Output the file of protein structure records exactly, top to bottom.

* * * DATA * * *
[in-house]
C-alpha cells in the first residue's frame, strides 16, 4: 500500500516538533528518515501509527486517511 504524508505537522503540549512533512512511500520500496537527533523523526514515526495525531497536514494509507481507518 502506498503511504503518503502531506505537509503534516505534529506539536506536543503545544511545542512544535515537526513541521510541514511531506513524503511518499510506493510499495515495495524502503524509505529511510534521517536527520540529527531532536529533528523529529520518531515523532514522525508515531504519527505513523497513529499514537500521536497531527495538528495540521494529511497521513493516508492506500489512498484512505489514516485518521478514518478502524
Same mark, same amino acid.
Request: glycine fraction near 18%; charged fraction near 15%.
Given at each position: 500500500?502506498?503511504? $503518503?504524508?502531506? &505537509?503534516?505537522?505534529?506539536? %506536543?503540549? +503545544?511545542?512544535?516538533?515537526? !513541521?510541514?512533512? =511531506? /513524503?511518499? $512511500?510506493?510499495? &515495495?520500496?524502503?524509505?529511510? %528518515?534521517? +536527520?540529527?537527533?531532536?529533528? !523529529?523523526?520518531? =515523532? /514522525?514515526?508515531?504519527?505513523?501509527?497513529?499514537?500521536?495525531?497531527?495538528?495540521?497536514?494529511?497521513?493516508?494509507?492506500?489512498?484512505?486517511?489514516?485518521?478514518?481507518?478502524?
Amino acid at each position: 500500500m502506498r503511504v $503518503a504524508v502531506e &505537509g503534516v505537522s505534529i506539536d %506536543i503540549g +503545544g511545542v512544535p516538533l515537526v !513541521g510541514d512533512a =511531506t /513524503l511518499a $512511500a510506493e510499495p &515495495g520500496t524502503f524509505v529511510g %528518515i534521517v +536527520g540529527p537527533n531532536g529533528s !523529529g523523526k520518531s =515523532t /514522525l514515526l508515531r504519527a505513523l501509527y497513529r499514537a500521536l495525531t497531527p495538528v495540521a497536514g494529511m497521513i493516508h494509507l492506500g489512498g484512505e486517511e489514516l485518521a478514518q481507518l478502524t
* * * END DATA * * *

[in-house]
C-alpha cells in the first residue's frame, strides 16, 4: 500500500516538533528518515501509527486517511 504524508505537522503540549512533512512511500520500496537527533523523526514515526495525531497536514494509507481507518 502506498503511504503518503502531506505537509503534516505534529506539536506536543503545544511545542512544535515537526513541521510541514511531506513524503511518499510506493510499495515495495524502503524509505529511510534521517536527520540529527531532536529533528523529529520518531515523532514522525508515531504519527505513523497513529499514537500521536497531527495538528495540521494529511497521513493516508492506500489512498484512505489514516485518521478514518478502524
Same mark, same amino acid.
Request: glycine fraction near 18%; charged fraction near 15%.
Given at each position: 500500500?502506498?503511504? $503518503?504524508?502531506? &505537509?503534516?505537522?505534529?506539536? %506536543?503540549? +503545544?511545542?512544535?516538533?515537526? !513541521?510541514?512533512? =511531506? /513524503?511518499? $512511500?510506493?510499495? &515495495?520500496?524502503?524509505?529511510? %528518515?534521517? +536527520?540529527?537527533?531532536?529533528? !523529529?523523526?520518531? =515523532? /514522525?514515526?508515531?504519527?505513523?501509527?497513529?499514537?500521536?495525531?497531527?495538528?495540521?497536514?494529511?497521513?493516508?494509507?492506500?489512498?484512505?486517511?489514516?485518521?478514518?481507518?478502524?
Amino acid at each position: 500500500m502506498r503511504v $503518503a504524508v502531506e &505537509g503534516v505537522s505534529i506539536d %506536543i503540549g +503545544g511545542v512544535p516538533l515537526v !513541521g510541514d512533512a =511531506t /513524503l511518499a $512511500a510506493e510499495p &515495495g520500496t524502503f524509505v529511510g %528518515i534521517v +536527520g540529527p537527533n531532536g529533528s !523529529g523523526k520518531s =515523532t /514522525l514515526l508515531r504519527a505513523l501509527y497513529r499514537a500521536l495525531t497531527p495538528v495540521a497536514g494529511m497521513i493516508h494509507l492506500g489512498g484512505e486517511e489514516l485518521a478514518q481507518l478502524t